How do you use it?  Post.  Your office probably has a company LinkedIn page but do you ever post?  If a DMO, post new features or the TripAdvisor rankings of your convention center or a new hotel.  Sales person has a new certification?  An attractions’ new exhibits.  (Off site functions remember?)

Engage… comment on posts so meeting planners keep seeing Joe Gesortenflort, VisitAnywhereville.  Join groups and again, comment on posts.  When you finally call that meeting professional, they’ll be familiar having seen your name numerous times.

If you have significant news, personal message your connections.  We’re focusing on Facebook and not using LinkedIn.  Try it.

2. Monitoring… what are meeting planners and visitors saying about your destination?  Here’s an idea – create a dummy account on Facebook.  Like the association pages.  Then monitor the dialogue.  “Oh crap!  We’re going back to Anywhereville!?  The 2010 conference sucked!”  Engage your PR department and manage a poor perception.  See what the meeting planners are posting about working with caterers, convention centers, or, gasp – your staff!  Social media allows us the opportunity to hear the chatter!

3. Prospecting… Just went on Twitter.  Typed in “Oklahoma Conference” and before the song on the radio ended, I identified 15 conferences that someone could target.  “Association”, “Convention”, “Summit”, “Conclave”, prospect other states business… search LinkedIn too.

4. Engaging… Social media is not a ‘to-do’ each day.  “Posted on Facebook.  Next task.”  Never to look at Facebook again until the next day when you post again.  (Or worse, you use Hootsuite and schedule all of your posts for the week and never look at Facebook.)  If your posts are truly engaging, people are commenting and asking questions.  They’re posting on your wall and sending personal messages.  All which needs to be responded to in a timely manner.

5. Monitoring (2)… especially on weekends.  An office posted about a parade one Saturday morning.  A prospective attendee inquired about the time.  The account wasn’t being monitored and thus, wasn’t seen until Monday morning.

In an experiment, I picked on the Des Moines and Wisconsin Dells CVBs and the Wisconsin state tourism office this July while on vacation.  While driving through Des Moines my tweet inquired about lunch options.  Albeit it was a short time frame, but I didn’t get a response until after lunch (and we had found some awesome BBQ.)  I tweeted over and over about the water slides, cheese and week in Wisconsin.  The Wisconsin Dells CVB and state tourism office only responded once.  “Looks like you had a good week.”  No alternative suggestions, no engagement, no customer service.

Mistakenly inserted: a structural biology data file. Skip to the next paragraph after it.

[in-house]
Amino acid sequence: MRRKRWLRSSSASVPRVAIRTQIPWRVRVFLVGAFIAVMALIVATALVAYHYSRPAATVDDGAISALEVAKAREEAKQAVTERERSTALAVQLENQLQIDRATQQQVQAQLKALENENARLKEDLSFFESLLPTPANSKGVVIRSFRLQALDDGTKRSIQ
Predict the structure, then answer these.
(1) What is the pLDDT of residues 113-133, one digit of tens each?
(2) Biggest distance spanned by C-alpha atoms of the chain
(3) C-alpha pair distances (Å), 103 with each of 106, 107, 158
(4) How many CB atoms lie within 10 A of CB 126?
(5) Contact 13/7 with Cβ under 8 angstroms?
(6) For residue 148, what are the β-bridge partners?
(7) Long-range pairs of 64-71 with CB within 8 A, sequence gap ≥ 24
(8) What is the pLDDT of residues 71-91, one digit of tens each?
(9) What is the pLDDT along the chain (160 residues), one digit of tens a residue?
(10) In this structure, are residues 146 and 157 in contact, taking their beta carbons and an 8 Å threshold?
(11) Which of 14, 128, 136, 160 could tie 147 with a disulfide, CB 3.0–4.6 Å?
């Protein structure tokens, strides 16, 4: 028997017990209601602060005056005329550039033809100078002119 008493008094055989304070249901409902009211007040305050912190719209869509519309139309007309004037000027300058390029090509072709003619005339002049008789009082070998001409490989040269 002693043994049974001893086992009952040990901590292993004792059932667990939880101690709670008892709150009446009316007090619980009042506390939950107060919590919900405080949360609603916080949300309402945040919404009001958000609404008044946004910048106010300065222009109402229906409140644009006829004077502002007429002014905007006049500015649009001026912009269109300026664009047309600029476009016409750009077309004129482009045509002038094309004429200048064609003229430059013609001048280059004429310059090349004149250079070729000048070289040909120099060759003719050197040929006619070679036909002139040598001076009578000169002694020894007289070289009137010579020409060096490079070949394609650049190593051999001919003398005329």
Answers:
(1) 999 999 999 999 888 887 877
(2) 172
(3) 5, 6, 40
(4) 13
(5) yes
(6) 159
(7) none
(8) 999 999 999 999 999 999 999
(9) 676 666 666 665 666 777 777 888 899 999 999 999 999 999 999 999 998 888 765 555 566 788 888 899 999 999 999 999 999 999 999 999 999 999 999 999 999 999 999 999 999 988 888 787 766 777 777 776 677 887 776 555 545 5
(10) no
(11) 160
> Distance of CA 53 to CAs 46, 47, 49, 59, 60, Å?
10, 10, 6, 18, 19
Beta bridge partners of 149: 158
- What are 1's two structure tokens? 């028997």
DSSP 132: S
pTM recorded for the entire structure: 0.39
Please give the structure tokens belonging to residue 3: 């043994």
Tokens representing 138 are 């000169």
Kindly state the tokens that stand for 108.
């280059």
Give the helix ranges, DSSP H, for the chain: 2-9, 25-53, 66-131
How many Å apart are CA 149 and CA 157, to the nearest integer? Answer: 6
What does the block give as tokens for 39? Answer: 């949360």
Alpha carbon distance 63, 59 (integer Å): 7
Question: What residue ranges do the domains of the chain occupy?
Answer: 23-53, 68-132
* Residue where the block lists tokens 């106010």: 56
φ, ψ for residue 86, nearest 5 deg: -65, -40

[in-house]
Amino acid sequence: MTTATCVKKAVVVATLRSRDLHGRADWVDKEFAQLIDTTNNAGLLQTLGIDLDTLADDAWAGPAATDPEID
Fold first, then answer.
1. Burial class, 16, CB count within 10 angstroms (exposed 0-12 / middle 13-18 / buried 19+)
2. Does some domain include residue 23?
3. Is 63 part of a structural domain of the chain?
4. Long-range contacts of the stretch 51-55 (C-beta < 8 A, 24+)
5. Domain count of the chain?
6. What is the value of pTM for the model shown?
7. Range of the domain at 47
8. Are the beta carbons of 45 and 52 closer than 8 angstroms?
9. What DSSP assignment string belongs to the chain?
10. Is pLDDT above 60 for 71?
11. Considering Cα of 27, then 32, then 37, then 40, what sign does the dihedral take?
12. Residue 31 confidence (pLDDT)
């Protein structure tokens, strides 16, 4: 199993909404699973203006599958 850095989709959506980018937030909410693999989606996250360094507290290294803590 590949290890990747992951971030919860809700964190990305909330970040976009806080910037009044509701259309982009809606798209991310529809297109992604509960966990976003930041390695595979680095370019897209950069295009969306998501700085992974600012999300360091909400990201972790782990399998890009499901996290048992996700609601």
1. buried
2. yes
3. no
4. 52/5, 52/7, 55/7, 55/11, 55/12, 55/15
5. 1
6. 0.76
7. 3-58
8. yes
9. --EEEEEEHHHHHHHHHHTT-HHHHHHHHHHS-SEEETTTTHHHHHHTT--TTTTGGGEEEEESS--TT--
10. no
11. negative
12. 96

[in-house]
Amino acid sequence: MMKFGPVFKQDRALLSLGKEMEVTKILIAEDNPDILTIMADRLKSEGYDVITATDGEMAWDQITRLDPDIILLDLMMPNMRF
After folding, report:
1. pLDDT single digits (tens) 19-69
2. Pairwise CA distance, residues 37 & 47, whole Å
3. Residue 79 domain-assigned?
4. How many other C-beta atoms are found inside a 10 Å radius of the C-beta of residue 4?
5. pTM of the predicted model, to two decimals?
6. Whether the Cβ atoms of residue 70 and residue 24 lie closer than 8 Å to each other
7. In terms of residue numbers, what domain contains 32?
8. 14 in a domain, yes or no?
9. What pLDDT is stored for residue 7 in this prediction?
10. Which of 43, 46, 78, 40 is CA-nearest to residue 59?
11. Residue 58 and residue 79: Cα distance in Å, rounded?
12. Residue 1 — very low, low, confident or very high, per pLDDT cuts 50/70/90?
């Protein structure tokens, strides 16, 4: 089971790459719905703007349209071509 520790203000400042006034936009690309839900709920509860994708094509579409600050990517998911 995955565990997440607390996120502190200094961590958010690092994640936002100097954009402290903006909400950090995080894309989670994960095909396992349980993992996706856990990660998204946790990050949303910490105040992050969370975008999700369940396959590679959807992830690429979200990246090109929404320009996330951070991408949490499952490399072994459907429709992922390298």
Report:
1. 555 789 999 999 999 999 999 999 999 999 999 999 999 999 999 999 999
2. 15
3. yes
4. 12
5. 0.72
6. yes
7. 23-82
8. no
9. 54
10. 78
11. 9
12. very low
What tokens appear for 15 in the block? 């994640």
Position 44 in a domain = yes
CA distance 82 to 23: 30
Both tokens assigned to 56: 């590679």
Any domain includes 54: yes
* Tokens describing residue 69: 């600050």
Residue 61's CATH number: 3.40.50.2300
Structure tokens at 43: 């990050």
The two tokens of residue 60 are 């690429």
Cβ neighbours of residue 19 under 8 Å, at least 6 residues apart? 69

Social media isn’t easy.  But it isn’t overbearing either.  These are but five things you should be doing on social media but aren’t.  Is there a sixth or seventh?  What successes are you having?  Comment below and let me know.

Thanks for reading!

Town and Gown Relationships for Destination Marketing

In completing my Certified Destination Management Executive (CDME) through Destination Marketing Association International (DMAI) I had the opportunity to draft a paper on Town and Gown Relationships for Destination Marketing. What follows is the executive summary and excerpt of the conclusion. A link to the full paper follows. I hope by my sharing you are able to glean one nugget that will help in your destination marketing efforts.

As with any partners, town and gown relationships can be either cooperative or adversarial working relationships. City governments and neighborhoods either choose to stay at odds with local universities or colleges or, alternatively, develop programs to communicate and develop amicable partnerships. Destination Marketing Organizations (DMO) in “college towns” are no different. Communication with nearly thirty colleagues revealed that some DMOs are just now establishing relationships with university departments and representatives while others have long established relationships. This paper will reveal five ways how DMOs have collaborated with their local universities to drive visitation to both the campus and community.

DMOs are collaborating with universities to drive travel, tourism and economic development to their communities. This paper has outlined a number of action items for such collaboration. As with most business ventures, they start with relationships – the most critical of which are:

– President’s office. Discuss your interests and goals. How could he/she “open doors for you”? Be mindful that the President could have another goal in mind, however, if you work on his/her goal first, he/she may have more willingness to promote and assist with the DMO’s project(s).